On Sunday morning the weather was remarkably, sunny again. The steamer pulled away from Fort William with over 200 passengers seeking an alternative route to Oban or an afternoon touring various lochs. At Oban more passengers joined for what was to become easily the busiest day this season. The Waverley made its way through Loch Shuna, Loch Craignish, Loch Melfort and Loch Crinan before heading for the Gulf of Corryvreckan. The gulf, famed for its whirlpool whipped up by the strong currents running between Jura and Scarba was disappointingly calm despite increasing winds. By the time Fort William was reached that evening it had clouded over and the weather did not look promising for the visit to Iona the following day. That evening at Oban there were no less that six current or former members of the Caledonian MacBrayne fleet, Pioneer, Lord of the Isles, Pentolina b (ex Iona), Waverley and two of the Island class vessels, perhaps the largest gathering for many years?
Next morning the weather was not particularly promising but by the time we reached Iona having rounded the south of Mull via Oban the sun was shining. Waverley was again following in the path of the steamer King George V which called at Iona until 1974. Shortly after anchoring in Martyrs Bay to the south of the ferry jetty the first of the launches came alongside to transfer passengers ashore. Always a tricky operation at the best of times the organisation was impeccable and passengers were ashore for about one and a half hours. It was on Iona in AD563 that St Columba landed bringing Christianity to Scotland. Iona Abbey and Monastery founded in the 13th century by Reginald, son of Somerland, King of the Isles is one of the highlights of this small 'mystic' isle. The buildings dominate the east side of the island and a photograph of the Waverley at anchor behind them is a must. In the small graveyard beside the Abbey can be found the grave of the late Rt. Hon. John Smith MP, QC, former leader of the Labour. The Sound of Iona is always known as a difficult place to unload passengers by launch as the water is very shallow and the sound open to the prevailing wind. Passengers still ashore were shocked to see Waverley appear to sail away but in fact was only moving to a more suitable anchorage north of the abbey. Few people cared about the late departure from Iona, a truly special island. As we sailed back around the south of Mull the weather deteriorated but the paddler successfully dodged the showers. In the distance passing the Garvellachs was the Pioneer heading towards Colonsay. Back at Oban many passengers returned by coach to Glasgow but others stayed to enjoy what food and drink Oban had to offer.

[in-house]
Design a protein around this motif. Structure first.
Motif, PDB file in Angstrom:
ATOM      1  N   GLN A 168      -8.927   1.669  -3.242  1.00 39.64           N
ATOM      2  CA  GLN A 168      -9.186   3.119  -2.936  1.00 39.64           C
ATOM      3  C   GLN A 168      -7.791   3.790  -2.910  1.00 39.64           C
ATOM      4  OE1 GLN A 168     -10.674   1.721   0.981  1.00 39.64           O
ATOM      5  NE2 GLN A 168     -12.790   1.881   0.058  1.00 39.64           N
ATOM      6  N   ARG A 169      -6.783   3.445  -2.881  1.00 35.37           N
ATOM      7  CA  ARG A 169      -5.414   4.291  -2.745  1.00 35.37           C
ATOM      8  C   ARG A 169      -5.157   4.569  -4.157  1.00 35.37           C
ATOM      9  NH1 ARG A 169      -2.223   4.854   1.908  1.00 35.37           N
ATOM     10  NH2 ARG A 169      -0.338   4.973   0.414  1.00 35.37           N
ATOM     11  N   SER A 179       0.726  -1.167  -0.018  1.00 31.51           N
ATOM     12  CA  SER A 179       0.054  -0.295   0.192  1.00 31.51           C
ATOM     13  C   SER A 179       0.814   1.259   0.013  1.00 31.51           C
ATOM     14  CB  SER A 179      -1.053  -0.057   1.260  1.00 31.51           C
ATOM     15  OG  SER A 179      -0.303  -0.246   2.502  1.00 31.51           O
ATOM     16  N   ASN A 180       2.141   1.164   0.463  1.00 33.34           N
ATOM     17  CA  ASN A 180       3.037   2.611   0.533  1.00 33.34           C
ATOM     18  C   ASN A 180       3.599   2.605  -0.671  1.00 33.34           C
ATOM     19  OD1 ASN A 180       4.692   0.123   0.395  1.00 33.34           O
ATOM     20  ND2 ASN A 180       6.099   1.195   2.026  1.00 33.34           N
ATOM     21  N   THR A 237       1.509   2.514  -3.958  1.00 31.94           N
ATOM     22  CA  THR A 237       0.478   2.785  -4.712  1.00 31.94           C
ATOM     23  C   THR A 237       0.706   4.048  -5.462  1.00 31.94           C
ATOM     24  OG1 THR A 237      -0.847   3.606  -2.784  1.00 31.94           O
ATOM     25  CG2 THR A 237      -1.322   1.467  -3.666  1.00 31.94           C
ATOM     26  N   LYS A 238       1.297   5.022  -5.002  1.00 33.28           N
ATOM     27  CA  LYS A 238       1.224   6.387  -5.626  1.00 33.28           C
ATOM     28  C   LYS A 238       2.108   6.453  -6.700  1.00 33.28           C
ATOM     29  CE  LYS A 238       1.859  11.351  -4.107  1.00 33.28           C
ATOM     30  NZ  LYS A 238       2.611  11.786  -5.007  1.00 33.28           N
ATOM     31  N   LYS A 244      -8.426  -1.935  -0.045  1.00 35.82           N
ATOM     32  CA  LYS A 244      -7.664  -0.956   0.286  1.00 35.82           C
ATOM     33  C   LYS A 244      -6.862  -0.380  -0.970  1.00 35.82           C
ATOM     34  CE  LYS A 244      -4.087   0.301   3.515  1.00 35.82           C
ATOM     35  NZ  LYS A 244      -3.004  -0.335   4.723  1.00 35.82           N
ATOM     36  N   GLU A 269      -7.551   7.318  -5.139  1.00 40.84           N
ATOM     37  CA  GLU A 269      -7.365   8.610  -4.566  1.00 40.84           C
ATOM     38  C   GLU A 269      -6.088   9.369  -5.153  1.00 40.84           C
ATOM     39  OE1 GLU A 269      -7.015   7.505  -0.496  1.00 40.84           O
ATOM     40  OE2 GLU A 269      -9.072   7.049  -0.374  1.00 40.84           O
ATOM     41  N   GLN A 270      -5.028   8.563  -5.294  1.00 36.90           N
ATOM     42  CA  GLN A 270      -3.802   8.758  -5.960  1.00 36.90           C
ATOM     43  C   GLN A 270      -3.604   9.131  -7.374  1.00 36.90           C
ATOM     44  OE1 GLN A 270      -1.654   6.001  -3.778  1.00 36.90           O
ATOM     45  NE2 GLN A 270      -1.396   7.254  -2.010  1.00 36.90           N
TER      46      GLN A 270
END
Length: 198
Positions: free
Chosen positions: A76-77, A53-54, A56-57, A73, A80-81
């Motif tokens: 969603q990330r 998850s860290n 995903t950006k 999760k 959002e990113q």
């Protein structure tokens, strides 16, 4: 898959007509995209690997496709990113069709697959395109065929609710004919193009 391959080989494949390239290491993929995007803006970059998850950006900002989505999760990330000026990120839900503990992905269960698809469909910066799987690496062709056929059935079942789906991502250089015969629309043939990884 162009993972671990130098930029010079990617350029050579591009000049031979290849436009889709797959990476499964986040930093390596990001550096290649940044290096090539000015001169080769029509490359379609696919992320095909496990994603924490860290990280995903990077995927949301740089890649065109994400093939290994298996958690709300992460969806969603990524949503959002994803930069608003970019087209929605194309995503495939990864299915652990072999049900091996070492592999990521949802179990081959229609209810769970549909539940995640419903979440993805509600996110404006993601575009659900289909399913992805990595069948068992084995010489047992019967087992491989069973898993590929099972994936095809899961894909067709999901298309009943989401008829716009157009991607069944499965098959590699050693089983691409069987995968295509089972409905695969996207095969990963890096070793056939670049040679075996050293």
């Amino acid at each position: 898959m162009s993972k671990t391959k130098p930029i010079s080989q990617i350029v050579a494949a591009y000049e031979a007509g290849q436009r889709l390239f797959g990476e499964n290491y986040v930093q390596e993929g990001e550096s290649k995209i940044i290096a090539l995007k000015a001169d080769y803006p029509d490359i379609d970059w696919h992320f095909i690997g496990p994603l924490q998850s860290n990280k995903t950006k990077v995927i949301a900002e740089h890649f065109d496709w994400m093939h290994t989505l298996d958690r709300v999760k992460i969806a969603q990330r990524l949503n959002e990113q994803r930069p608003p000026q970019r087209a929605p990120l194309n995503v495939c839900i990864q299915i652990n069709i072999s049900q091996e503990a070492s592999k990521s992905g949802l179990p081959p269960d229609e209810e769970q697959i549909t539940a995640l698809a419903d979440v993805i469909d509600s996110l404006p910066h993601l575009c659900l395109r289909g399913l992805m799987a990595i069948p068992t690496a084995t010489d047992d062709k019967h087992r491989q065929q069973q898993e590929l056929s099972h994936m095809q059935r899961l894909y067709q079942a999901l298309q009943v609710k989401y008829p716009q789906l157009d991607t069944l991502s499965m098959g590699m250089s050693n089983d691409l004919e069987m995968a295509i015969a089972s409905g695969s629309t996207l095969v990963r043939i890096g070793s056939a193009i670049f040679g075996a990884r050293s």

Sadly the last day of the short trip to the Western Isles was soon upon us. At 9am on May 5 Waverley backed away from the pier and gave three long sonorous blasts on the whistle. Only a small number of passengers were aboard for what could have potentially been a rough voyage back around the Mull of Kintyre to Ayr. Again, the Waverley returned to Port Ellen on Islay. In the village a small remembrance ceremony took place for the former Islay mail boat, Lochiel which served the island in the 1950's and 60's. In a small park a mast had been erected and a few artefacts from the boat had been collected together for display, including the builders plate, life belt and capstan. An enthusiast hoisted aloft the ships name pennant on the mast. Whilst alongside the crew took the opportunity of fitting the storm shutters over the saloon windows as that evening after dropping passengers at Ayr the Waverley was due to set sail for Weymouth. Fortunately the rough seas of the Mull of Kintyre did not materialise and in fact the weather cleared to allow excellent views of the Northern Irish coast. After a brief call at Campbeltown the sail to Ayr was a formality. After some difficulty turning in the harbour Waverley berthed on the south side where the coach to Glasgow awaited.
evening having re-fuelled the Waverley left Ayr and turned south for Weymouth,
and that, as they say, is another story…..